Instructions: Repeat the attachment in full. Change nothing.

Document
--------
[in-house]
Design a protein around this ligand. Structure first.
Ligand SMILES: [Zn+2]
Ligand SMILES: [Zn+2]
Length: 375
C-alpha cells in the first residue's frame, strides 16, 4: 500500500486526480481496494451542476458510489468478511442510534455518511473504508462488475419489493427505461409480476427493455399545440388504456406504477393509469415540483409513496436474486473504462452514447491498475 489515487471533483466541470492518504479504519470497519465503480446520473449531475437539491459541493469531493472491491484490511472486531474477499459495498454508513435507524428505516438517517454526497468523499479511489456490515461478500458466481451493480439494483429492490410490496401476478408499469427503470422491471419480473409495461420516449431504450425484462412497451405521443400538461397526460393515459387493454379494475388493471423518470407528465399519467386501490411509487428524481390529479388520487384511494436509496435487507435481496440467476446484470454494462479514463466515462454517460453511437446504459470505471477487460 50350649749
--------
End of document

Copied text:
[in-house]
Design a protein around this ligand. Structure first.
Ligand SMILES: [Zn+2]
Ligand SMILES: [Zn+2]
Length: 375
C-alpha cells in the first residue's frame, strides 16, 4: 500500500486526480481496494451542476458510489468478511442510534455518511473504508462488475419489493427505461409480476427493455399545440388504456406504477393509469415540483409513496436474486473504462452514447491498475 489515487471533483466541470492518504479504519470497519465503480446520473449531475437539491459541493469531493472491491484490511472486531474477499459495498454508513435507524428505516438517517454526497468523499479511489456490515461478500458466481451493480439494483429492490410490496401476478408499469427503470422491471419480473409495461420516449431504450425484462412497451405521443400538461397526460393515459387493454379494475388493471423518470407528465399519467386501490411509487428524481390529479388520487384511494436509496435487507435481496440467476446484470454494462479514463466515462454517460453511437446504459470505471477487460 50350649749